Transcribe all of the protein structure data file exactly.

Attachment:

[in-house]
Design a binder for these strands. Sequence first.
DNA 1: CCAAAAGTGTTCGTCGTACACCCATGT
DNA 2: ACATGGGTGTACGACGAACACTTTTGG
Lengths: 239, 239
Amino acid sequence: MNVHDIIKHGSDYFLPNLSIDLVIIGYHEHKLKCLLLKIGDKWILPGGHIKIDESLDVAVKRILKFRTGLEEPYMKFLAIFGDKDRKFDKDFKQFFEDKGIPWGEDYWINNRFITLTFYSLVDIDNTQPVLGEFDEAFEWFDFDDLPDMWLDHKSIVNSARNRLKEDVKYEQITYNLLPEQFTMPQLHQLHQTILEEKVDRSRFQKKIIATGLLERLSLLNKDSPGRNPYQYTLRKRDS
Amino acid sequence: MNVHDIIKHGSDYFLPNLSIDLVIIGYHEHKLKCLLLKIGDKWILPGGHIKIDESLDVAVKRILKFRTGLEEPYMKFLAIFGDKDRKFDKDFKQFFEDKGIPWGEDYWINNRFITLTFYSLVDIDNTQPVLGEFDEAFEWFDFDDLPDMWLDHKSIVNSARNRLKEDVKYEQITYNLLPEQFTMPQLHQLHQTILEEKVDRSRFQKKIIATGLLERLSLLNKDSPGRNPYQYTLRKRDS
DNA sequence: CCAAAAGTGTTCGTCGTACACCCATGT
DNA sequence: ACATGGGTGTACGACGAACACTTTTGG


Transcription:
[in-house]
Design a binder for these strands. Sequence first.
DNA 1: CCAAAAGTGTTCGTCGTACACCCATGT
DNA 2: ACATGGGTGTACGACGAACACTTTTGG
Lengths: 239, 239
Amino acid sequence: MNVHDIIKHGSDYFLPNLSIDLVIIGYHEHKLKCLLLKIGDKWILPGGHIKIDESLDVAVKRILKFRTGLEEPYMKFLAIFGDKDRKFDKDFKQFFEDKGIPWGEDYWINNRFITLTFYSLVDIDNTQPVLGEFDEAFEWFDFDDLPDMWLDHKSIVNSARNRLKEDVKYEQITYNLLPEQFTMPQLHQLHQTILEEKVDRSRFQKKIIATGLLERLSLLNKDSPGRNPYQYTLRKRDS
Amino acid sequence: MNVHDIIKHGSDYFLPNLSIDLVIIGYHEHKLKCLLLKIGDKWILPGGHIKIDESLDVAVKRILKFRTGLEEPYMKFLAIFGDKDRKFDKDFKQFFEDKGIPWGEDYWINNRFITLTFYSLVDIDNTQPVLGEFDEAFEWFDFDDLPDMWLDHKSIVNSARNRLKEDVKYEQITYNLLPEQFTMPQLHQLHQTILEEKVDRSRFQKKIIATGLLERLSLLNKDSPGRNPYQYTLRKRDS
DNA sequence: CCAAAAGTGTTCGTCGTACACCCATGT
DNA sequence: ACATGGGTGTACGACGAACACTTTTGG